Retail to e-tail: the legal considerations

By Edward Bouckley, Birketts
The high street is in trouble, it has been for years. It is hard to pin-point exactly when this decline started, but since the late 2000s, one by one, major brands have been disappearing from our high streets.
Published in Norfolk Director Magazine Autumn/Winter 2020
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Retail to e-tail: the legal considerations 1

This decline has largely been attributed to the rise of e-commerce with online platforms for many consumers offering an easier, more convenient, and cheaper shopping experience.

COVID-19 accelerating the downward spiral

As is well documented, COVID-19 has accelerated this downward spiral. More retailers have gone out of business, with others being forced into administration. The forced closure of all non-essential shops in March left consumers with nowhere to go other than online. Even those retailers selling essential items have seen a significant increase in online sales since March.

Although consumers are now tentatively returning to the high street, the length of the lockdown was enough for some consumers to change their shopping habits for good. For others, social distancing measures and the requirement to wear facemasks is hampering their return. In addition, increased working from home and restrictions on hospitality will only see footfall in towns and cities remain low for the foreseeable future.

In the face of changeable and unpredictable COVID related restrictions, it is hard to see the high street returning to pre-COVID levels any time soon. This means that for many retailers, survival depends on making up lost in-store sales, online. However, selling online is a fundamentally different proposition to selling in-store and brings with it and arguably greater risks. These risks require careful navigation.

Online retailers have obligations

Both consumer and data protection laws place significant obligations on online retailers. The law also gives consumers buying online more rights than they otherwise would have. Failing to comply with the law when selling online can have severe consequences including regulatory investigations and fines, increased costs, and reputational damage. However, if done right, online retail can be a retailer’s lifeline and a means of not only getting through this tough time, but a way of growing and increasing revenue above pre-COVID levels.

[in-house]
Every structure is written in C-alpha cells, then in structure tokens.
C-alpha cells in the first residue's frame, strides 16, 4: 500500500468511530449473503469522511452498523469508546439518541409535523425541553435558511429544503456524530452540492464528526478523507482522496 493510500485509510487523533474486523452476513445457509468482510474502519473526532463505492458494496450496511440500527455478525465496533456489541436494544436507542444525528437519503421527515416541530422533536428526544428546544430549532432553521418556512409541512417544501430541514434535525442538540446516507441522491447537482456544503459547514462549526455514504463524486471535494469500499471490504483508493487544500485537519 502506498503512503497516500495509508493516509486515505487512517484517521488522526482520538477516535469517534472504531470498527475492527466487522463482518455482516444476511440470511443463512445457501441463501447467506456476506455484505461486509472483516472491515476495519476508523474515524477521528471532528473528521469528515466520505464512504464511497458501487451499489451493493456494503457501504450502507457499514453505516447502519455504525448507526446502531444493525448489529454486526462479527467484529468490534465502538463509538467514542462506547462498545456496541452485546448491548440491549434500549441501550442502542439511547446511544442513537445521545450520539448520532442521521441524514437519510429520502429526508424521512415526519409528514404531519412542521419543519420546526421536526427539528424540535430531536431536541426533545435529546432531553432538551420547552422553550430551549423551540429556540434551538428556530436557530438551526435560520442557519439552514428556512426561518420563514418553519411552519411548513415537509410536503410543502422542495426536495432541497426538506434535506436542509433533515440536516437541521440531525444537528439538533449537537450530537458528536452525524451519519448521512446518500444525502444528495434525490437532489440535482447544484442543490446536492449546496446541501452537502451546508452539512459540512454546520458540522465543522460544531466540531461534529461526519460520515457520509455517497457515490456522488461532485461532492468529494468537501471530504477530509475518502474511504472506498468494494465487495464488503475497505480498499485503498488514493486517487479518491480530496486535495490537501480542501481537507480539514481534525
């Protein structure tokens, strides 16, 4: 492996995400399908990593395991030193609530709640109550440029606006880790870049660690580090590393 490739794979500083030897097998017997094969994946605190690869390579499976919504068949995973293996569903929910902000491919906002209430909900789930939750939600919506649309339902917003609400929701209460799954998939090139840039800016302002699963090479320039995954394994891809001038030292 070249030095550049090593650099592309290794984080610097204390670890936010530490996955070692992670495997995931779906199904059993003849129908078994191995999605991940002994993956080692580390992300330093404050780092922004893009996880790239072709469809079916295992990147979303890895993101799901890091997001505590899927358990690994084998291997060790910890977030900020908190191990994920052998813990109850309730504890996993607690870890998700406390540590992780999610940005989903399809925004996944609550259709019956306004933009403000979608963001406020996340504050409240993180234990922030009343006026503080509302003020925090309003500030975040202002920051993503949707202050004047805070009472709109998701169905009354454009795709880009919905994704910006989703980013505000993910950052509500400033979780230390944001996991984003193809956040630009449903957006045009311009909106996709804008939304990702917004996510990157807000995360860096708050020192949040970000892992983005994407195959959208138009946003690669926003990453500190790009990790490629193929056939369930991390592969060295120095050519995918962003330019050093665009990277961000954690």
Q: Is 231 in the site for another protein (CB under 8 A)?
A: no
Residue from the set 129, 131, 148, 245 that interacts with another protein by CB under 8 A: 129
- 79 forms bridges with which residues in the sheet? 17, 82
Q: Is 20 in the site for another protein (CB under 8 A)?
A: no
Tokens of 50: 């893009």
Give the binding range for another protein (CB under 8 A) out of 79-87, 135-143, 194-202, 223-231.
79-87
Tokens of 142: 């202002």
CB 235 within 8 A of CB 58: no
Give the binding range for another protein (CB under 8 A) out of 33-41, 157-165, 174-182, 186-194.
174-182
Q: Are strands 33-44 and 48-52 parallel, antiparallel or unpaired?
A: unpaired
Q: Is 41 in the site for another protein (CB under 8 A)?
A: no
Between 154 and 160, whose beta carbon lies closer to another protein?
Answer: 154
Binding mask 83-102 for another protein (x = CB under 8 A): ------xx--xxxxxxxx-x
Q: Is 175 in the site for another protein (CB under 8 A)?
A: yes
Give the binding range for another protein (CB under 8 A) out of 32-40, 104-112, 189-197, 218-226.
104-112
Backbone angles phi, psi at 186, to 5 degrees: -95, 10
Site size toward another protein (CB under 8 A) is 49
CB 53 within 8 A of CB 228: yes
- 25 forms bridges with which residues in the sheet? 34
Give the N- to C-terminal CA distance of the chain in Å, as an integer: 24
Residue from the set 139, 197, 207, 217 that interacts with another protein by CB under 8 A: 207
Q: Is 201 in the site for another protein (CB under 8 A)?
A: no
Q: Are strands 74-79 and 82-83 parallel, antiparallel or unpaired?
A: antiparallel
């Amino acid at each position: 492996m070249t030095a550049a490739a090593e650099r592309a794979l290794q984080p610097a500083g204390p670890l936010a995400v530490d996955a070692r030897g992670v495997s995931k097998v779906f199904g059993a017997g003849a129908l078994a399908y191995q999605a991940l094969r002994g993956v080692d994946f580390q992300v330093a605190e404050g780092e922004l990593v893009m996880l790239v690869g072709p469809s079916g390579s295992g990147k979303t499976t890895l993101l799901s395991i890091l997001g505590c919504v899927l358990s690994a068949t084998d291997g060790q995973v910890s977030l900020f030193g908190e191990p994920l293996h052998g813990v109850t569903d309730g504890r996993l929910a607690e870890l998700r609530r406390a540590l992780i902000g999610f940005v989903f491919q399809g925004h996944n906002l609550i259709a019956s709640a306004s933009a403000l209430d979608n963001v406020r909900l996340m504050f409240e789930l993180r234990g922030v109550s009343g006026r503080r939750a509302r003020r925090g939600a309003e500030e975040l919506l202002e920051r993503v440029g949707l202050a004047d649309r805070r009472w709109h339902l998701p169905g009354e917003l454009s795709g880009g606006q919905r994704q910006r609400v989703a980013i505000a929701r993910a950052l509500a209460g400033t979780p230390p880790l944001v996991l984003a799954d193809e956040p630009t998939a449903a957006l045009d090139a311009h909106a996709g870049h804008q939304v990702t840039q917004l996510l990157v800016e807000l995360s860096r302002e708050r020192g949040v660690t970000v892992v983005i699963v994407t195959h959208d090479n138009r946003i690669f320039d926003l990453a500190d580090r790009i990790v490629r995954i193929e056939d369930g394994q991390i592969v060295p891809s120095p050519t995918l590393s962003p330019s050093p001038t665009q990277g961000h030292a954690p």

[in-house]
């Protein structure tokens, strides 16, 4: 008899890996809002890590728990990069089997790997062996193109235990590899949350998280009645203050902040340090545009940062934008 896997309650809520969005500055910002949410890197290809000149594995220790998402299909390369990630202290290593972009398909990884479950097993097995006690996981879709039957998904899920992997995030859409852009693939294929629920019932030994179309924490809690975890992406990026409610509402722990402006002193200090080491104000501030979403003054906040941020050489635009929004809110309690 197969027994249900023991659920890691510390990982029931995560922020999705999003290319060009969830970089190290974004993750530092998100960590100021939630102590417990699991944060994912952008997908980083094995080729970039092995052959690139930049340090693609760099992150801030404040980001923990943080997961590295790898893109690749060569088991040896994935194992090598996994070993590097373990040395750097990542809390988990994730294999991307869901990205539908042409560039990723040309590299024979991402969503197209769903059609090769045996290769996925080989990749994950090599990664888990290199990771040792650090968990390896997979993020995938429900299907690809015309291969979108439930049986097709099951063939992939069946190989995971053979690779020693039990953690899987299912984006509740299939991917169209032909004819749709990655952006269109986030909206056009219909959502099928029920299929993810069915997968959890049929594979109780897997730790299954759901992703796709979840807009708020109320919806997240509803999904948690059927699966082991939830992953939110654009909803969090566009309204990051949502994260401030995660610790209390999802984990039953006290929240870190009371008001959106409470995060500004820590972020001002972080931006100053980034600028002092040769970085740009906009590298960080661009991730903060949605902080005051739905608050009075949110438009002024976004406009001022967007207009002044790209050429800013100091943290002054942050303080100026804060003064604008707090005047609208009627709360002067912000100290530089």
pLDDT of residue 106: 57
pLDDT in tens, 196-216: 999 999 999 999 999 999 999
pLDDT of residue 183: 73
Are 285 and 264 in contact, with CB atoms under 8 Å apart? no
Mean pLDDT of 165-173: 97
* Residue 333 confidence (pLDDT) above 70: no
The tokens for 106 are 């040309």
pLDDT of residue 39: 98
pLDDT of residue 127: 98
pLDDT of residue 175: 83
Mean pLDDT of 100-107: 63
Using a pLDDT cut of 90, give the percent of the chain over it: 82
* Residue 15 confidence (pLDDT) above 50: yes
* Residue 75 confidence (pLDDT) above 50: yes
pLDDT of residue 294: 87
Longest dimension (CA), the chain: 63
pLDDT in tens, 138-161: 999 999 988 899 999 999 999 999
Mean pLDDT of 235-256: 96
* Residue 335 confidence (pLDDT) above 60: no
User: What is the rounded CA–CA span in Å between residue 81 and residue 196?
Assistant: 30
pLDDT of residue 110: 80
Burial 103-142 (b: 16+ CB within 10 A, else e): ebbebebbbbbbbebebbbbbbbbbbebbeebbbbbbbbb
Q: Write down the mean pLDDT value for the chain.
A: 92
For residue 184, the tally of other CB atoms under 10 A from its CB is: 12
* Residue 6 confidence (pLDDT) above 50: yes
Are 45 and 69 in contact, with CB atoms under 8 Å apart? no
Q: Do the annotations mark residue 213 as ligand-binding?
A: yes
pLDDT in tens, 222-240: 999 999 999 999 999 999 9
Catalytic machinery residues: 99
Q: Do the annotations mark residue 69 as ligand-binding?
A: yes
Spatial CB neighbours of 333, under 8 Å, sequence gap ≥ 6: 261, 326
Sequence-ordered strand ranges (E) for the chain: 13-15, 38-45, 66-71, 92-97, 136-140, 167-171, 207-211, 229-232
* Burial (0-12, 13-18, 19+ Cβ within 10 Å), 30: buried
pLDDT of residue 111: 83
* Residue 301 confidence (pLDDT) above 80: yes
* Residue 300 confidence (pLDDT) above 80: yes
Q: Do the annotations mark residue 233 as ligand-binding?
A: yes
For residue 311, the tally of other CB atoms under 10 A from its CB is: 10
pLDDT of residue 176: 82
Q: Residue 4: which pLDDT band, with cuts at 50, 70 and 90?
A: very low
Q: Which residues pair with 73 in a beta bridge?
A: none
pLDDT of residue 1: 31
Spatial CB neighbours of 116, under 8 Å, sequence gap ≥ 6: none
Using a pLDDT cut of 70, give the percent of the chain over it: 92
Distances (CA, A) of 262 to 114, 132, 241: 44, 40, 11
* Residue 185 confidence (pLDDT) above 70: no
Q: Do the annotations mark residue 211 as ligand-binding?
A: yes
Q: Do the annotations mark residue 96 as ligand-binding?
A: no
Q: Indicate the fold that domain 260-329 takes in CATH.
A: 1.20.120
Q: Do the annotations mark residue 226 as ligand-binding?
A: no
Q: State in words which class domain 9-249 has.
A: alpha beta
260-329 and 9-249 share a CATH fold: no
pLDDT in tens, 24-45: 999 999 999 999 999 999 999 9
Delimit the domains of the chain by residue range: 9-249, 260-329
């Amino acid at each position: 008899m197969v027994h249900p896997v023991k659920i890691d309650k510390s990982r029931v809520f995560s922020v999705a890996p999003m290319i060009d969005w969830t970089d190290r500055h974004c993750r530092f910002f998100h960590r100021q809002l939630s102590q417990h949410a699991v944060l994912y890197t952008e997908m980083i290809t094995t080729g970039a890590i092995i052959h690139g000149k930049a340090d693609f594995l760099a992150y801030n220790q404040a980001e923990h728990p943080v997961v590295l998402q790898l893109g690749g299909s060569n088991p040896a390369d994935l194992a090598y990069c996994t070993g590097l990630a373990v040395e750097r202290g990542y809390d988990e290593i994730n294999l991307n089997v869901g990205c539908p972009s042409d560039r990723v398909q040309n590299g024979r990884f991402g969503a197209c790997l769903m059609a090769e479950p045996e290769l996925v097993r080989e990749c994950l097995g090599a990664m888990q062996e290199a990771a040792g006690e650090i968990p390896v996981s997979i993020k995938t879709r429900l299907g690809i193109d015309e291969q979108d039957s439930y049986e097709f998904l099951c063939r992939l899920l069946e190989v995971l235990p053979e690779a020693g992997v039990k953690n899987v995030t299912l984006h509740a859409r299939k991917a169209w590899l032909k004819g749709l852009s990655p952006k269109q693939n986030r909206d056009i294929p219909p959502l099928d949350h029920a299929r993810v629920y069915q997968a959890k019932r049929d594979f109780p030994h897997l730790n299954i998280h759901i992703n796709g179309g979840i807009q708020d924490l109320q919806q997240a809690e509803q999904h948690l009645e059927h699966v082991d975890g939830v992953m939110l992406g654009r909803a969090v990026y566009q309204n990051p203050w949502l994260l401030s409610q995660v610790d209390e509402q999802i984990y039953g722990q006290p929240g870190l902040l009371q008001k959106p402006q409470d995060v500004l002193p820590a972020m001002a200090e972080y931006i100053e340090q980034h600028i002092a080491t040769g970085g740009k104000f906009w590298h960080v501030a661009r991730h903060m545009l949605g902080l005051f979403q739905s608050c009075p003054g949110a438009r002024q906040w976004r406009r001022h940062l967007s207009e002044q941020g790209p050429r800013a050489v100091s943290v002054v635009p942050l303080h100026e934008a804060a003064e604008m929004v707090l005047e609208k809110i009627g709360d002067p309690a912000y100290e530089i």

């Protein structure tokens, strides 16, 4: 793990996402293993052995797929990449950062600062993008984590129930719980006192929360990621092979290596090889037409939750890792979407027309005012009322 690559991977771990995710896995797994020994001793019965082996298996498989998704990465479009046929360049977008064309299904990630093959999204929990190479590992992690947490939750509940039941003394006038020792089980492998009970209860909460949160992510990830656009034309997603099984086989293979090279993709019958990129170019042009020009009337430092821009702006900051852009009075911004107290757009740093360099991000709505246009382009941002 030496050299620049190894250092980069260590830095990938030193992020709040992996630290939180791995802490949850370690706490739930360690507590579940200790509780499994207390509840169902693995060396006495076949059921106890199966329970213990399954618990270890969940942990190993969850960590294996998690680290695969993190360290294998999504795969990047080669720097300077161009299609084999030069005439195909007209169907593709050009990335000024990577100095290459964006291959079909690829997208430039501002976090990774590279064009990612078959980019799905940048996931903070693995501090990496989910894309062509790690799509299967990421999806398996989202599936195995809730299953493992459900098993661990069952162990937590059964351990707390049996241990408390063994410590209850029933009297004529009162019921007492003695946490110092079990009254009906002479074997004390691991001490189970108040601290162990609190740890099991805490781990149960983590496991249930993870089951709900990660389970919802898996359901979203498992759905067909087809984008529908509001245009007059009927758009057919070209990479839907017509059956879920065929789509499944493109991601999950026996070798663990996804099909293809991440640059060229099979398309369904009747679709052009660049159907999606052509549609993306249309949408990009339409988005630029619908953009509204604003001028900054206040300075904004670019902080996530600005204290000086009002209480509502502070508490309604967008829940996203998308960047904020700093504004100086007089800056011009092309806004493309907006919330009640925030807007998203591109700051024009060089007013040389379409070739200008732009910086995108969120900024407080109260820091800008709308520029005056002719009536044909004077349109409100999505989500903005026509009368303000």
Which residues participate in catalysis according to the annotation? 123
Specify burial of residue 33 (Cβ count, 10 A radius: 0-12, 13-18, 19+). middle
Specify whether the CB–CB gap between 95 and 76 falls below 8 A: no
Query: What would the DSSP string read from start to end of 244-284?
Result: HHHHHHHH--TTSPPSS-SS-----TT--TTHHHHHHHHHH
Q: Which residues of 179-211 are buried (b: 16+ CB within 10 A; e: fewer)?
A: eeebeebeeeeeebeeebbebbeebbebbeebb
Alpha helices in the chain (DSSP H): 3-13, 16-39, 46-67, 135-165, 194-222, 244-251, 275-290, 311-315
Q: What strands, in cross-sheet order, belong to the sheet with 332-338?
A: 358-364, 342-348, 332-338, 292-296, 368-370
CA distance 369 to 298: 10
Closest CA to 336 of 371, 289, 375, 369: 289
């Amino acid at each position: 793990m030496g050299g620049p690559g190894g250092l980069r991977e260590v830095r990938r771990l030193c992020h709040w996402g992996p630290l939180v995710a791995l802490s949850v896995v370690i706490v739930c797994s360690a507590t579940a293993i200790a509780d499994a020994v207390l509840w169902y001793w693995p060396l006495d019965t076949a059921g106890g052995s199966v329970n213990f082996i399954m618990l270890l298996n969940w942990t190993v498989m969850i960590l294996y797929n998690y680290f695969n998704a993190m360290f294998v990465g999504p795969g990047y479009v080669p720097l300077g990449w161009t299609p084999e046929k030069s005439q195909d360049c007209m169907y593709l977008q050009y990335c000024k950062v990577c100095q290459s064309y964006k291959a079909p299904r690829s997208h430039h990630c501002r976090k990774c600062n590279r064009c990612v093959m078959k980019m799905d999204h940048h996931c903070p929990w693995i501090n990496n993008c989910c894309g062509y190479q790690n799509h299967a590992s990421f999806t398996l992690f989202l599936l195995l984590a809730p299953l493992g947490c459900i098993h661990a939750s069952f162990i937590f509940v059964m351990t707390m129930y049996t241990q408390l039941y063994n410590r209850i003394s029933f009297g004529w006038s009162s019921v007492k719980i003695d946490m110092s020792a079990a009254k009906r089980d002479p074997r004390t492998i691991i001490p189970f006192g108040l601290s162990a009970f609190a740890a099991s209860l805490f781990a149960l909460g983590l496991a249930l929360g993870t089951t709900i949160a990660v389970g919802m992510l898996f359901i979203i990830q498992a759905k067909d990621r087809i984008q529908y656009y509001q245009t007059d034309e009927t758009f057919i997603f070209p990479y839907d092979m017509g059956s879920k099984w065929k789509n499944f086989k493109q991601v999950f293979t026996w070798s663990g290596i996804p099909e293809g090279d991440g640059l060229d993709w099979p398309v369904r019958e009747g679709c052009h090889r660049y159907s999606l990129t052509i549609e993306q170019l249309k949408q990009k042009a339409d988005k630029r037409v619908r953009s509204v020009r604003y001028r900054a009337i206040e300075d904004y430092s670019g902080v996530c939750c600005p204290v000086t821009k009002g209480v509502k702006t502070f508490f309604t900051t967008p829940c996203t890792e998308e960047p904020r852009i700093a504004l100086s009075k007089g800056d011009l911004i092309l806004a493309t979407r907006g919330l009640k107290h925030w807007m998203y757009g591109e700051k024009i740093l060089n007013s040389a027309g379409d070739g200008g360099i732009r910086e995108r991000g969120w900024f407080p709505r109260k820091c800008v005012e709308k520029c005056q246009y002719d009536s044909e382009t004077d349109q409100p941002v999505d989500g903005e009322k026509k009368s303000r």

For many smaller retailers, any significant online sales presence is likely to be a new proposition. From a legal perspective, getting advice on online selling can be difficult, not to mention costly. However, Birketts understands this and in order to help retailers get online, we have produced a “retail to e-tail” guide to enable retailers to make the transition. The guide contains all the documentation a retailer needs to start selling goods online lawfully. In addition, it also contains user-friendly and practical guidance on the information a retailer is legally required to display on its website and how best to handle consumer payments.

The guide has been designed so that it can be completed by the retailer without the need for any significant involvement from a lawyer. Priced at £600 + VAT the guide represents an incredibly cost-effective way for a retailer to start benefitting from selling online, safe in the knowledge that they are operating on the right side of the law.

Retail to e-tail: the legal considerations 5

Edward Bouckley is an Associate at Birketts LLP. For more information about the retail to e-tail guide: T: 01603 756535 or
E: edward-bouckley@birketts.co.uk

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